Nigeria: governor partly repeals Ekuri Forest land grab

Ekuri people protesting the "superhighway" project Ekuri people protesting the planned "superhighway" (© Robert/ Tunde Morakinyo)

Feb 17, 2017

The struggle of the Ekuri people is paying off: the governor of Nigeria's Cross River state is returning vast swathes of rainforest land to the community. 5,200 square km had been appropriated for a a 20 km wide corridor along a planned "superhighway". The road itself is not off the table yet, however.

The Ekuri indigenous community is staunchly resisting Cross River state's unprecedented land grab – a corridor 260 km long and 20 km wide. Had it gone through, the inhabitants of more than 185 villages would have lost their land, their forest and their livelihoods with a stroke of the pen. Conservationists fear that the governor intended to open up the corridor – which would have crossed through several protected areas, including Cross River National Park – to timber companies.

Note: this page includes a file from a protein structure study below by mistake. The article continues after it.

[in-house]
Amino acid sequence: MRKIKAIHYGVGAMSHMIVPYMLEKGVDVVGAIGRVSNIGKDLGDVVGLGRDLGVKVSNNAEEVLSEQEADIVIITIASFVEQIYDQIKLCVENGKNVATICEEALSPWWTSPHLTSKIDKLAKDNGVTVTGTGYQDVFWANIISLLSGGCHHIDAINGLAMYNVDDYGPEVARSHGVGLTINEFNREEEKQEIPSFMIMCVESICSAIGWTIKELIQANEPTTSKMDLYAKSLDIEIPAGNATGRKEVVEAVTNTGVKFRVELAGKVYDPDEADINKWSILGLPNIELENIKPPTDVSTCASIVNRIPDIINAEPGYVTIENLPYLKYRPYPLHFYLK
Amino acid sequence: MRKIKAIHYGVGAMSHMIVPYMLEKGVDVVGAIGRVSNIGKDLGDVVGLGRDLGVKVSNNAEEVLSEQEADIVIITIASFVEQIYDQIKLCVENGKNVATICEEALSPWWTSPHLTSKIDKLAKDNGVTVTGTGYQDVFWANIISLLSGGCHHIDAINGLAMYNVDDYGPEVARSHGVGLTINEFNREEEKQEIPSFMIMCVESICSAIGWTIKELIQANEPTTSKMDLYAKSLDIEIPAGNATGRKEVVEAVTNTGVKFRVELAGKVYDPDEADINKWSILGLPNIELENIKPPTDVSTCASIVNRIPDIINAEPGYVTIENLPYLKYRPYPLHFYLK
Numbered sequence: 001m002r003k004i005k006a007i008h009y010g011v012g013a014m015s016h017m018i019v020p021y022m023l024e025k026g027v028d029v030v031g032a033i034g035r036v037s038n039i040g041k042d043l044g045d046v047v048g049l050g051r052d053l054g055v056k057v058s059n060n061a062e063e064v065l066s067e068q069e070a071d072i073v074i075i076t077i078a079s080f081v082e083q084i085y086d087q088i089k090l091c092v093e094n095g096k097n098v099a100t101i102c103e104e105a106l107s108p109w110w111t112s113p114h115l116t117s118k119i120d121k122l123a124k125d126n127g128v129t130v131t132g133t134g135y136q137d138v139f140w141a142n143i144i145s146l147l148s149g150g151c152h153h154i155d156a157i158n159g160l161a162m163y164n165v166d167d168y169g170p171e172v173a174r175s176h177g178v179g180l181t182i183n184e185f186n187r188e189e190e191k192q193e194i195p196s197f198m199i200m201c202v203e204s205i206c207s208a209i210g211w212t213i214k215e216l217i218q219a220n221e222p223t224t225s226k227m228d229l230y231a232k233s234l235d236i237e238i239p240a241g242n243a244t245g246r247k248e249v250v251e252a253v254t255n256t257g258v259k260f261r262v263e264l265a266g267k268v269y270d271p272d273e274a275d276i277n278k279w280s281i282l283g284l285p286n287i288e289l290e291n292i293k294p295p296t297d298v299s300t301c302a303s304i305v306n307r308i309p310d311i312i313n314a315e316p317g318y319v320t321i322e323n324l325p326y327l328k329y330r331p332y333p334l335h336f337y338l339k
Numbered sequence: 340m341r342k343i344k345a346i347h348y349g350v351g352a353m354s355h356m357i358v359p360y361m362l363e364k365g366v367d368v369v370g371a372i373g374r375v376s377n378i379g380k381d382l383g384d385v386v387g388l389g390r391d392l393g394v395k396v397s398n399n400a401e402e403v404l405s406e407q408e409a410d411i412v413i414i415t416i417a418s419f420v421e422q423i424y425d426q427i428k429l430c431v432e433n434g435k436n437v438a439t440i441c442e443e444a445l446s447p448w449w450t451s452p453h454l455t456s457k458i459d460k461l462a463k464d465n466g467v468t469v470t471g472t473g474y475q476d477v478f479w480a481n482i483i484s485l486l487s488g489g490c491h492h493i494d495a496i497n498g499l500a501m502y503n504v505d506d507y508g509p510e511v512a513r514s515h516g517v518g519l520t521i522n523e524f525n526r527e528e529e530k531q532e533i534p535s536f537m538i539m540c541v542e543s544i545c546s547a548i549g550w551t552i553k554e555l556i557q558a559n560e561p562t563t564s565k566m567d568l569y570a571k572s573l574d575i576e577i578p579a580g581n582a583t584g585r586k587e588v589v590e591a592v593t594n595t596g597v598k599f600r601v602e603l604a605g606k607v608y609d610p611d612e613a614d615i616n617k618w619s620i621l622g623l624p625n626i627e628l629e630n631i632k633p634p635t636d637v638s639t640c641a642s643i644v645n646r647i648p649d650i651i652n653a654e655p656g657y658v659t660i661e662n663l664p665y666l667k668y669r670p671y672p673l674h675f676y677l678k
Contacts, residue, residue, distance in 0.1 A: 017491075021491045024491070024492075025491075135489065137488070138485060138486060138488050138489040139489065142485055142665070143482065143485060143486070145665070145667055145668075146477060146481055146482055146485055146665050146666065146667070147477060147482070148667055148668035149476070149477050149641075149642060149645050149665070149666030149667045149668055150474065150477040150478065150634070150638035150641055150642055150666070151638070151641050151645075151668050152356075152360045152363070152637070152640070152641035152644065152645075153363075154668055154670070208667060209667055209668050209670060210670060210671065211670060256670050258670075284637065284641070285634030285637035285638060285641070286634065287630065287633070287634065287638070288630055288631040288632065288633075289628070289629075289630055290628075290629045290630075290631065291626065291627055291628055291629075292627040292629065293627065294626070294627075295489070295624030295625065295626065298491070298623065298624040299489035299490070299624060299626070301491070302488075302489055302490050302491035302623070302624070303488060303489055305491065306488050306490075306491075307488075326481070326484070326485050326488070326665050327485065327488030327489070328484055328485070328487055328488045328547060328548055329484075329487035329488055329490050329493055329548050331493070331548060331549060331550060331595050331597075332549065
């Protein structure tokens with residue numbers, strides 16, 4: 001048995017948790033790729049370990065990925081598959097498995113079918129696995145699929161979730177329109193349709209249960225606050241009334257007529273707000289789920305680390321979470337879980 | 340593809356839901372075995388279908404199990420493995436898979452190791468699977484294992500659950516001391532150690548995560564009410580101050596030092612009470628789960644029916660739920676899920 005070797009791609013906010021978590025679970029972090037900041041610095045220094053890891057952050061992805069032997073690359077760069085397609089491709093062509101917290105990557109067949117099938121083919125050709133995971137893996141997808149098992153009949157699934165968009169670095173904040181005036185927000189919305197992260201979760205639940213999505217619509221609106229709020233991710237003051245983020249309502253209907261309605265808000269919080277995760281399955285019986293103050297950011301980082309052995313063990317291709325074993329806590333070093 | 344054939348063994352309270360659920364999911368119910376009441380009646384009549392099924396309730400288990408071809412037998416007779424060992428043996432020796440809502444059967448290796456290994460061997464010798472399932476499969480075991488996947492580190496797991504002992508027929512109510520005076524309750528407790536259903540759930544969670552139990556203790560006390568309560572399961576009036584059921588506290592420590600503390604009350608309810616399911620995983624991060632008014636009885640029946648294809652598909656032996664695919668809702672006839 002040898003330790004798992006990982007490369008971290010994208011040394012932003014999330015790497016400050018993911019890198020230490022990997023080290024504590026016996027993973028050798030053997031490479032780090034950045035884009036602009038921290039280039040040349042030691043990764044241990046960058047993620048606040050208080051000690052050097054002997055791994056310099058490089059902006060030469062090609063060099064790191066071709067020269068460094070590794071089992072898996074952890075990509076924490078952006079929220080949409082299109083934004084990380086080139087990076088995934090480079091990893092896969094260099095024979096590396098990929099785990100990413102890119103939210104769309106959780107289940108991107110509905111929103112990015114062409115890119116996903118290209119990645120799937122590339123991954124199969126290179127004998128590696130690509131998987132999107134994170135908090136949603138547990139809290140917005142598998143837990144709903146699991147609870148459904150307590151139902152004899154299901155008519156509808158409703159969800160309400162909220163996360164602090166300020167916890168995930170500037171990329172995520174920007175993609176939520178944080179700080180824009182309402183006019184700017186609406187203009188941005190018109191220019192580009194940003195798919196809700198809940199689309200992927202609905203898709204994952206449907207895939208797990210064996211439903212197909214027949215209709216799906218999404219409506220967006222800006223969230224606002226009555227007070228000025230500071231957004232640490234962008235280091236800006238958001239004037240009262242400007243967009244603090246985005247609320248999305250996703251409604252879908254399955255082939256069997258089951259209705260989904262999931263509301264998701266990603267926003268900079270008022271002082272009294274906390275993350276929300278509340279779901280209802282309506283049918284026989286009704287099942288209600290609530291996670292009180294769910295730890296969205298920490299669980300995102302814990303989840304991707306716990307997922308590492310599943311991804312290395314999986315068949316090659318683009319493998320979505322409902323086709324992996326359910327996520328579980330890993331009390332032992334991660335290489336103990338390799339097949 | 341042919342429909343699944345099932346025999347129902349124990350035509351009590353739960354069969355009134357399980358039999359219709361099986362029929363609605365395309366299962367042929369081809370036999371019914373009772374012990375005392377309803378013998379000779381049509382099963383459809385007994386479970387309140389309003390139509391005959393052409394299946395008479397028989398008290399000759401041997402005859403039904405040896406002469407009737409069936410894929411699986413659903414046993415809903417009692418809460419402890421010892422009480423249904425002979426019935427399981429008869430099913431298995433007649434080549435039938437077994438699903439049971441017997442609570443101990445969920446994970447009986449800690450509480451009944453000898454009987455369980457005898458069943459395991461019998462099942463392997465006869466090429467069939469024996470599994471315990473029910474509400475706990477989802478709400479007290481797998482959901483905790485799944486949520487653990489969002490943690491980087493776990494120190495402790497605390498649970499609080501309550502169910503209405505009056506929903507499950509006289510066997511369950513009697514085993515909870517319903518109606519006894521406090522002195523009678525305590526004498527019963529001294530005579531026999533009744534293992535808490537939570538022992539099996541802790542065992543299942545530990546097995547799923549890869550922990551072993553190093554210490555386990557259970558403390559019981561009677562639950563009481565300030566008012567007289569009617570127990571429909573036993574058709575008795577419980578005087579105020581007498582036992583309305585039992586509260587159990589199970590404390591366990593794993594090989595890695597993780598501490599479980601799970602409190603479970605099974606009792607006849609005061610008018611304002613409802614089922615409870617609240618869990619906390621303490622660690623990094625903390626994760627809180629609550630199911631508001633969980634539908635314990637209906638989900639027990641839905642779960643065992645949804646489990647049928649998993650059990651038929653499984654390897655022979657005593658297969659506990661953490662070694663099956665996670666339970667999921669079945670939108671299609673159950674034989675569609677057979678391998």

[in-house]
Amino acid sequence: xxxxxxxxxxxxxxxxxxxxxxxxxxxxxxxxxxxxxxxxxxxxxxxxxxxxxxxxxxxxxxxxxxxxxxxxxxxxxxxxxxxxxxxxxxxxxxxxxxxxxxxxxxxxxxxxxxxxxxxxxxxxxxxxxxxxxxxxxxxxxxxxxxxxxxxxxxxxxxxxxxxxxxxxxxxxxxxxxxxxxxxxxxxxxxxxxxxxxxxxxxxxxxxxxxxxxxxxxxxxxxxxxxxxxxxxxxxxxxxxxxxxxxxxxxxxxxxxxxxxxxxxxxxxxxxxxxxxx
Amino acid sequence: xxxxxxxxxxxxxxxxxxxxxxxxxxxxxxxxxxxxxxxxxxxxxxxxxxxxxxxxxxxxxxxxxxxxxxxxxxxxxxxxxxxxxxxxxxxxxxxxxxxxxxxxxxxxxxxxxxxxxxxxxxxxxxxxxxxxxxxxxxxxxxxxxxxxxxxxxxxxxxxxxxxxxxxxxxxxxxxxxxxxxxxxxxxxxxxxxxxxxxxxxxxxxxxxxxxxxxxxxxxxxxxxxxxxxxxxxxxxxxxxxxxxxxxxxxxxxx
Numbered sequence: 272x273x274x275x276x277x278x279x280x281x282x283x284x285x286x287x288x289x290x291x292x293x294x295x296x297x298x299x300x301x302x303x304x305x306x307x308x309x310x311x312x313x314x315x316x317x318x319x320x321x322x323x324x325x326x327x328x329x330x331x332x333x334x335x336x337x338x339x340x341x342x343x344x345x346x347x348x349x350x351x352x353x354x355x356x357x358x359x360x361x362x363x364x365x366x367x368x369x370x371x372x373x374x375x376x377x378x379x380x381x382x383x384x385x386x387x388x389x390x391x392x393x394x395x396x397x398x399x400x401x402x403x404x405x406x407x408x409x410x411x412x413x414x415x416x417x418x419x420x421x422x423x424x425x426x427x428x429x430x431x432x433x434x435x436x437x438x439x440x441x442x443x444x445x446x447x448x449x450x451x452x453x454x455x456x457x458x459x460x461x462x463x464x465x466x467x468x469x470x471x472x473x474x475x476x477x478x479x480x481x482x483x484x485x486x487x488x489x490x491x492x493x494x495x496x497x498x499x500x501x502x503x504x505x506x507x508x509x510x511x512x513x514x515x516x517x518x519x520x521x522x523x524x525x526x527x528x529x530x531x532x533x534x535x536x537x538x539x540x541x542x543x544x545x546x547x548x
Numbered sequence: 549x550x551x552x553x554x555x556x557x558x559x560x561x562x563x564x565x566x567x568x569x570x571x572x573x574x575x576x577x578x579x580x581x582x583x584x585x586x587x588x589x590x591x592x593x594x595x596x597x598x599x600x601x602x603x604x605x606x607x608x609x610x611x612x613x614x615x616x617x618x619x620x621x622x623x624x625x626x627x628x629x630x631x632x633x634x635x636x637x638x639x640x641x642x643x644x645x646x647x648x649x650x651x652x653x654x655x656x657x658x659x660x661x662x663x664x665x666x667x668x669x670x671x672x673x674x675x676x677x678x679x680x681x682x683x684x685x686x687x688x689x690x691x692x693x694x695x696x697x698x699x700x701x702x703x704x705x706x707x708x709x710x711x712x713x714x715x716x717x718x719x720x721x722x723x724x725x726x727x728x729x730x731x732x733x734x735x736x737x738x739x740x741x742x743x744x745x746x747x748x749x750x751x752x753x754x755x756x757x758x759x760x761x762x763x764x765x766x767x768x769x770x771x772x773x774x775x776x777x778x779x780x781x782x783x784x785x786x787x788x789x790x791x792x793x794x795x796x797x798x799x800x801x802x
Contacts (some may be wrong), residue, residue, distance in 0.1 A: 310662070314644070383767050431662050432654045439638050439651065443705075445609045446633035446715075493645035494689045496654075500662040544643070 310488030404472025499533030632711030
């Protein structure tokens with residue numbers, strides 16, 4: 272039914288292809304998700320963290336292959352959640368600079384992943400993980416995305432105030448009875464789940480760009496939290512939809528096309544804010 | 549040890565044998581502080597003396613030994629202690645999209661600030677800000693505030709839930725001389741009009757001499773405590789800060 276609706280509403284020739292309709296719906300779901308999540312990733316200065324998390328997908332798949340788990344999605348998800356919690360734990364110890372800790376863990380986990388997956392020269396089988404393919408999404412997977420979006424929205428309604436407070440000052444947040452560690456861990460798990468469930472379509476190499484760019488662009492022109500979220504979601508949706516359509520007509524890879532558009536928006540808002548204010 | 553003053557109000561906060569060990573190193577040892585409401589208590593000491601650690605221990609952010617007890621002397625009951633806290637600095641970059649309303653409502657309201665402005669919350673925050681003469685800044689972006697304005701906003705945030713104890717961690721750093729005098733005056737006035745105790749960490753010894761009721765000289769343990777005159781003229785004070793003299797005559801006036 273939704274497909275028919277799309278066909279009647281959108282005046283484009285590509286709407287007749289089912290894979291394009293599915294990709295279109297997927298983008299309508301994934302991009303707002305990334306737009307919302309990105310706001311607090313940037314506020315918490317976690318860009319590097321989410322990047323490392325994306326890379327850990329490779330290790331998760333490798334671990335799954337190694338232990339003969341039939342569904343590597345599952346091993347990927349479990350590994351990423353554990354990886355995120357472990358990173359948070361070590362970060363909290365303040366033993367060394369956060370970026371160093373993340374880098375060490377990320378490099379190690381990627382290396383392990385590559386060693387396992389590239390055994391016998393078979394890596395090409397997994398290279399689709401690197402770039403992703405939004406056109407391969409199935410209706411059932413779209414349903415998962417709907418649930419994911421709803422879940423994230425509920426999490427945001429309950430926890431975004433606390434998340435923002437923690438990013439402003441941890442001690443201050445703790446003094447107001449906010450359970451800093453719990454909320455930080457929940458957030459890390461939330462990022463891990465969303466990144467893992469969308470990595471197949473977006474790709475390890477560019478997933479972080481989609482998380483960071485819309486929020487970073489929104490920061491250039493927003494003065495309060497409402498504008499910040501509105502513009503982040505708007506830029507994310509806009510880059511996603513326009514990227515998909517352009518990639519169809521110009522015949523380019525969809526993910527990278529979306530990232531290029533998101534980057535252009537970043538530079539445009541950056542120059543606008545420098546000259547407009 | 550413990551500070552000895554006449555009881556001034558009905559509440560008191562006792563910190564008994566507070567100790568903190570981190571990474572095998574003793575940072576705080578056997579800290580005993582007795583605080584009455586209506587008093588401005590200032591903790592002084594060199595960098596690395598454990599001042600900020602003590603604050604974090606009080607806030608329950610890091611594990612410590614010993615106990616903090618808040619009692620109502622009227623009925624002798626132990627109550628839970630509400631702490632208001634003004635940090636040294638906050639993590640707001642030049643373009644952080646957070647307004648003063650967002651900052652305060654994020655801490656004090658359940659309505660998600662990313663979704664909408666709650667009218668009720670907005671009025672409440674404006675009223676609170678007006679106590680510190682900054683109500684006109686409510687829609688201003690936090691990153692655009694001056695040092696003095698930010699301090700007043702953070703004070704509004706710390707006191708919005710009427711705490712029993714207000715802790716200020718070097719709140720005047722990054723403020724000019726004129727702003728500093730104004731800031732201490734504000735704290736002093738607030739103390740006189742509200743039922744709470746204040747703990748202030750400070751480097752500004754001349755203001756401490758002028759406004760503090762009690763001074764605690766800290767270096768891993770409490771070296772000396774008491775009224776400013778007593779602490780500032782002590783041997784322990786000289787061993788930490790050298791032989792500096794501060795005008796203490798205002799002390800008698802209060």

Despite this initial success, the planned “superhighway” project has not been canceled. Even without the corridor, the new road would slice up the rainforest and give illegal loggers and poachers easy access. Men were recently observed inspecting a section of the planned route – a possible sign that forest will soon be cleared for the project.

The residents of Ekuri Forest are remaining vigilant and our partners of the Ekuri Initiative and the NGO Devcon will not give up the struggle until this "superhighway to nowhere" has been canceled once and for all.

Please sign our petition and show your support for the guardians of Ekuri Forest.

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